Use this URL to cite or link to this record in EThOS: https://ethos.bl.uk/OrderDetails.do?uin=uk.bl.ethos.745835
Title: New Public Management in St. Lucia : the challenge of adoption and implementation of NPM in St. Lucia's public service
Author: Tranquille, Melissa Melanie
ISNI:       0000 0004 7228 126X
Awarding Body: University of Leicester
Current Institution: University of Leicester
Date of Award: 2018
Availability of Full Text:
Access from EThOS:
Access from Institution:
Abstract:
The Government of St. Lucia (GOSL) engaged in an ambitious programme of New Public Management (NPM) reform, under a Public Sector Reform (PSR) classification, and by their own assessment, this initiative was unsuccessful. Yet, no analysis of the failure was carried out and there is very little documented information. This study therefore aims to understand the reasons for this failure. This thesis also explores why St. Lucia adopted NPM; in a national environment unlike those for which it was designed. The qualitative approach and interpretive enquiry, permitted rich and indepth accounts to be gathered on the research phenomenon. Based on semi-structured interviews with public servants and trade unionists and the analysis of documentary evidence, the research finds a gap between the rhetorical convergence and the implementation convergence of NPM. Coerceive isomorphism and external infleunces appear to have greater weight for the adoption of NPM; in an environment that was ill equipped to engage in its implementation. Government embraced NPM as a panacea to its many public service challenges; despite their limited understanding of the concept. Thus, the attempt to redesign the public sector according to an imported model failed because neither the concepts underlying NPM, nor the challenges of implementation were properly understood. A greater investment in capacity building to equip implementers for policy analysis discussions and policy implementation may have had different results.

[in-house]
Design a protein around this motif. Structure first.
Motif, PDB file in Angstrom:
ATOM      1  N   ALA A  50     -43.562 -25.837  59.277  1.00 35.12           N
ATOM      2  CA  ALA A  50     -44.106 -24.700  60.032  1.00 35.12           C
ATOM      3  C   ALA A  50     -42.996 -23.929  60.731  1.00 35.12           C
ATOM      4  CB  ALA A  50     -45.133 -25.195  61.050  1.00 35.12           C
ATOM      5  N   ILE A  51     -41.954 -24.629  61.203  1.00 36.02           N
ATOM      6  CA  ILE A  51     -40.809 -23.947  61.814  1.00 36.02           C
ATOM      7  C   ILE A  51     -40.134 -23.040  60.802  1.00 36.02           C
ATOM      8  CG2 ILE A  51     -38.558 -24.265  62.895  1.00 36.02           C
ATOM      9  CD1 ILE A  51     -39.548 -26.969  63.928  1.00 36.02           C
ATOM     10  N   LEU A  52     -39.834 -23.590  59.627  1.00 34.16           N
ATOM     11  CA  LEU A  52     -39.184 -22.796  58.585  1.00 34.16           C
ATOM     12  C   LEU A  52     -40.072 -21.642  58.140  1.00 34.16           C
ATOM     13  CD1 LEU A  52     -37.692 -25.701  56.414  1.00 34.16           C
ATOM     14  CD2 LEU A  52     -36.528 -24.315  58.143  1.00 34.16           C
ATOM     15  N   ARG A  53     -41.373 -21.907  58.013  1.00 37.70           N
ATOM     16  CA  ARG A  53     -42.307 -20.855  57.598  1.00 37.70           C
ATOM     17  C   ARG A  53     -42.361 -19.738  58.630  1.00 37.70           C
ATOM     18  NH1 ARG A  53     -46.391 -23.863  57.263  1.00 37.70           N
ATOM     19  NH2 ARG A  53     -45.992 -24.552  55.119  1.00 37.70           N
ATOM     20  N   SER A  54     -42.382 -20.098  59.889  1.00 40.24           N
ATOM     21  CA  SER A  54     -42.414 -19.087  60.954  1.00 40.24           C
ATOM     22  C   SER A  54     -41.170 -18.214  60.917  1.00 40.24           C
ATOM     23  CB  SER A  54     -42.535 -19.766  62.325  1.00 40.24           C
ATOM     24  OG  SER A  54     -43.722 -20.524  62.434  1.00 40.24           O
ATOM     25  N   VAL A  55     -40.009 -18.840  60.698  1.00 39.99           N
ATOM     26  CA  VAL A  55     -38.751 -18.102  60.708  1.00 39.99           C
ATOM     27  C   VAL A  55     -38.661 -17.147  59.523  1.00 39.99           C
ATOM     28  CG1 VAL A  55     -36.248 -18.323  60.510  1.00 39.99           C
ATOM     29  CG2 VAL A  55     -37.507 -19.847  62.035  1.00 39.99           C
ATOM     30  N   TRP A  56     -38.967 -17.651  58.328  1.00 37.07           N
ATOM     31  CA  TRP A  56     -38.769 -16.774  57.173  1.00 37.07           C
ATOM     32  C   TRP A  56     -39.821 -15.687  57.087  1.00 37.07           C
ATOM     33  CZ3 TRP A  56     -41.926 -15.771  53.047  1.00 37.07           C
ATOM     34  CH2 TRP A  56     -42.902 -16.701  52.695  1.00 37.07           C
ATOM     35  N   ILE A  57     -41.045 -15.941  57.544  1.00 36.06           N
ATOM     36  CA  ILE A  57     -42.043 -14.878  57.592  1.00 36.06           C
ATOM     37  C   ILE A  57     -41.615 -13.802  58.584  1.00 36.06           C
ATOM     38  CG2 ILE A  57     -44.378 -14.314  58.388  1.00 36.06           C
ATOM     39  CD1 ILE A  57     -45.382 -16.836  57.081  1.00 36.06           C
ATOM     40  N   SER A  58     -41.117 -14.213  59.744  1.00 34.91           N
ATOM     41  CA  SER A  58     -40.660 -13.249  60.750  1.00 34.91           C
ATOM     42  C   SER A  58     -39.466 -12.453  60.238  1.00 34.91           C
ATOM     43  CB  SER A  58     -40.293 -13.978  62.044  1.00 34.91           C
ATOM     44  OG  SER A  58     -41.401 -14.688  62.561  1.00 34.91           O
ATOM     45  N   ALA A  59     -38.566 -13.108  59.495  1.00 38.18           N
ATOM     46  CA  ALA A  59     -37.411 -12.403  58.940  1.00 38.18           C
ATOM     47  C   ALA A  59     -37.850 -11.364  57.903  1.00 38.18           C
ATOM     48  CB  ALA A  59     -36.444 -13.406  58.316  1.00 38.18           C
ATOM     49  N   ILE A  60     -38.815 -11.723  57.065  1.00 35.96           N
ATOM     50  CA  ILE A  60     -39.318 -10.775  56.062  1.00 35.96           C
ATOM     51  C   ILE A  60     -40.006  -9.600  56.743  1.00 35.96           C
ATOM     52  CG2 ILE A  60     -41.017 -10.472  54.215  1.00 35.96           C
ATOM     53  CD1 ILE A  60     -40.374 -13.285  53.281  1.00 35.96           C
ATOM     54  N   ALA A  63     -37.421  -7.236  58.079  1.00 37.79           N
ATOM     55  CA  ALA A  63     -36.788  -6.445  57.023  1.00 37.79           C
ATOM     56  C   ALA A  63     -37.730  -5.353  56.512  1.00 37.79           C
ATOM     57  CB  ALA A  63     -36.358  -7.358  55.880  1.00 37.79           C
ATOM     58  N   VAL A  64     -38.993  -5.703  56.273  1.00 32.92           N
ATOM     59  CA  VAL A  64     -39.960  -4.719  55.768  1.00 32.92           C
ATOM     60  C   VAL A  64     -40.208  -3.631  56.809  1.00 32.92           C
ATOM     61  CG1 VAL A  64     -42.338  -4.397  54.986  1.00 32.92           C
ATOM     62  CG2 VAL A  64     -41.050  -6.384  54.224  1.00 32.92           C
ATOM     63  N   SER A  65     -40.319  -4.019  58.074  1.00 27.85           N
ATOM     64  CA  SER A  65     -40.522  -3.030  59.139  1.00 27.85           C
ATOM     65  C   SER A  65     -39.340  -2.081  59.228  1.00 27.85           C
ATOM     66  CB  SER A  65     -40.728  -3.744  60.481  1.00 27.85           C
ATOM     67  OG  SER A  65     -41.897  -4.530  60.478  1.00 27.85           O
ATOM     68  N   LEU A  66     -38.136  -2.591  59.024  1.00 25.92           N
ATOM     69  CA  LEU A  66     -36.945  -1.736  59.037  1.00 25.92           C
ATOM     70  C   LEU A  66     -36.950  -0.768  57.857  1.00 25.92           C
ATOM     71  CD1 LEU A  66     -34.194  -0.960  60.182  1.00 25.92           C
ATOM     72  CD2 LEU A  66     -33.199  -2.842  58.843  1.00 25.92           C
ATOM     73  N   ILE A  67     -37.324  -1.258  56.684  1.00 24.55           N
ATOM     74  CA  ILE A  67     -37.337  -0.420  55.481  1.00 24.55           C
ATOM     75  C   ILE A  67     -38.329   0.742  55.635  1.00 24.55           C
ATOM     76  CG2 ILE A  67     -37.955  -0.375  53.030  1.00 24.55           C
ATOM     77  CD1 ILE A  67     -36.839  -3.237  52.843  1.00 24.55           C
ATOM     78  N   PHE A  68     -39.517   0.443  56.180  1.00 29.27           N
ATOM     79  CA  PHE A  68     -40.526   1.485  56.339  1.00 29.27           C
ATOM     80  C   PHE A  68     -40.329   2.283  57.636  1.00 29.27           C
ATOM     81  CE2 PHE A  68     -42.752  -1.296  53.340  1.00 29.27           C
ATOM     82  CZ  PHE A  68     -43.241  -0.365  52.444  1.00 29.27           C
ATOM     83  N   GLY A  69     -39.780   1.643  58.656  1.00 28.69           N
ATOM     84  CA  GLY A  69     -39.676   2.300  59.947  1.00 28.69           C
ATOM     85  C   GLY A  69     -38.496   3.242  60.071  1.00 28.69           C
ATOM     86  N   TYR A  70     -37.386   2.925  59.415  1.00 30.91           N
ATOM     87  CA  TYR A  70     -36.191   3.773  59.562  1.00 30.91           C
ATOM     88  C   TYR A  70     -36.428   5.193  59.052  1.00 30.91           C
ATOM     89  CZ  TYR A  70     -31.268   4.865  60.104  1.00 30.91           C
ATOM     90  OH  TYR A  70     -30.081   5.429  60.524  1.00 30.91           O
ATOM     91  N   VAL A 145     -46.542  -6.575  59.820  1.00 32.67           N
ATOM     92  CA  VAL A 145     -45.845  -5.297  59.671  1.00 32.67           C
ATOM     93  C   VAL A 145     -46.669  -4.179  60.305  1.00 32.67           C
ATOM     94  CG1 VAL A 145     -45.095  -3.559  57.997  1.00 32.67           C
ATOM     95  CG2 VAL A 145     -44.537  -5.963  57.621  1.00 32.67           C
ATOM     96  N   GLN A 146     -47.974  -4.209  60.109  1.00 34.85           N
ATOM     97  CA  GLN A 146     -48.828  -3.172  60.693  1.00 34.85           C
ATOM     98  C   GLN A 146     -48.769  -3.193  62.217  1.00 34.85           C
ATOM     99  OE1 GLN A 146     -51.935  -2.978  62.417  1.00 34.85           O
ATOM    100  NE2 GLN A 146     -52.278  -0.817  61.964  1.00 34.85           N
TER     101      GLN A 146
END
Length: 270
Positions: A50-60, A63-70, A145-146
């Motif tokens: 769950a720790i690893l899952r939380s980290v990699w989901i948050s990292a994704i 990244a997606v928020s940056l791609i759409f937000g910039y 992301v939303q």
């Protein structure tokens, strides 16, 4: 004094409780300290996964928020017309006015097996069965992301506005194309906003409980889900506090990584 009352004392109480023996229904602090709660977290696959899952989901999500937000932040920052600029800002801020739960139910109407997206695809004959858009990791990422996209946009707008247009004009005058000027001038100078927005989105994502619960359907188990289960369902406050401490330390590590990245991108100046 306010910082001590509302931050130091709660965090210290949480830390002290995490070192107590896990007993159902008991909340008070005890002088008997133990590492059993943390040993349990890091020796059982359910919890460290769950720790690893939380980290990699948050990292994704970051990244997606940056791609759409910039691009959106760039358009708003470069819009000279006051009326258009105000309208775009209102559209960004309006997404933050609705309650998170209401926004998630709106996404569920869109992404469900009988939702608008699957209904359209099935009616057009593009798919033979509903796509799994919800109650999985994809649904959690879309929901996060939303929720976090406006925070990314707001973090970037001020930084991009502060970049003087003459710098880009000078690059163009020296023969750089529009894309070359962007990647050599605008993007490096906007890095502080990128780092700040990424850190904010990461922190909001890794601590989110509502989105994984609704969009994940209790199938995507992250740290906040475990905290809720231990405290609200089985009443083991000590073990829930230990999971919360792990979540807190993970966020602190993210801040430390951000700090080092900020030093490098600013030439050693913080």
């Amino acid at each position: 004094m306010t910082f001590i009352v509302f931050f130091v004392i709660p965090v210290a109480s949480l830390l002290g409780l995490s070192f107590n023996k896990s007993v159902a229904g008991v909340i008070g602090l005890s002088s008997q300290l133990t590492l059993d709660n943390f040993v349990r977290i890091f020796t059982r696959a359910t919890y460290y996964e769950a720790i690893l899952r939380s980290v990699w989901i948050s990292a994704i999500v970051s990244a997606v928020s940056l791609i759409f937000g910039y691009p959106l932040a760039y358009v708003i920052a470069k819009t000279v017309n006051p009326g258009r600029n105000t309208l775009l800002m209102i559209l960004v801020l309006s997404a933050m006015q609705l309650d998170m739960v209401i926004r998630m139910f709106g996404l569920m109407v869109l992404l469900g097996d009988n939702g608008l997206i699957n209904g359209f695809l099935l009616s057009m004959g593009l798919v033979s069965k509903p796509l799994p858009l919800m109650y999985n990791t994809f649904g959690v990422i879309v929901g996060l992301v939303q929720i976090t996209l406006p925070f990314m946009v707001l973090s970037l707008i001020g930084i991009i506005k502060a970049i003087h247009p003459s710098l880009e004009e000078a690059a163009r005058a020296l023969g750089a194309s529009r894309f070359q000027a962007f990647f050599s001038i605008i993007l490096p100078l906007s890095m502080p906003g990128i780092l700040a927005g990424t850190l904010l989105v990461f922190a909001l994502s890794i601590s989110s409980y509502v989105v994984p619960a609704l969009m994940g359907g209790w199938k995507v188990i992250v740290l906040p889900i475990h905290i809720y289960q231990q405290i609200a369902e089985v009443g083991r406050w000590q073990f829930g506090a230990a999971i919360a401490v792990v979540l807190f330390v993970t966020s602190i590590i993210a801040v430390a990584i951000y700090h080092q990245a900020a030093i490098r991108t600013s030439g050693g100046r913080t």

Supervisor: Williams, Glynne ; Hammer, Nikolaus Sponsor: Not available
Qualification Name: Thesis (D.Soc.Sci.) Qualification Level: Doctoral
EThOS ID: uk.bl.ethos.745835  DOI: Not available
Share: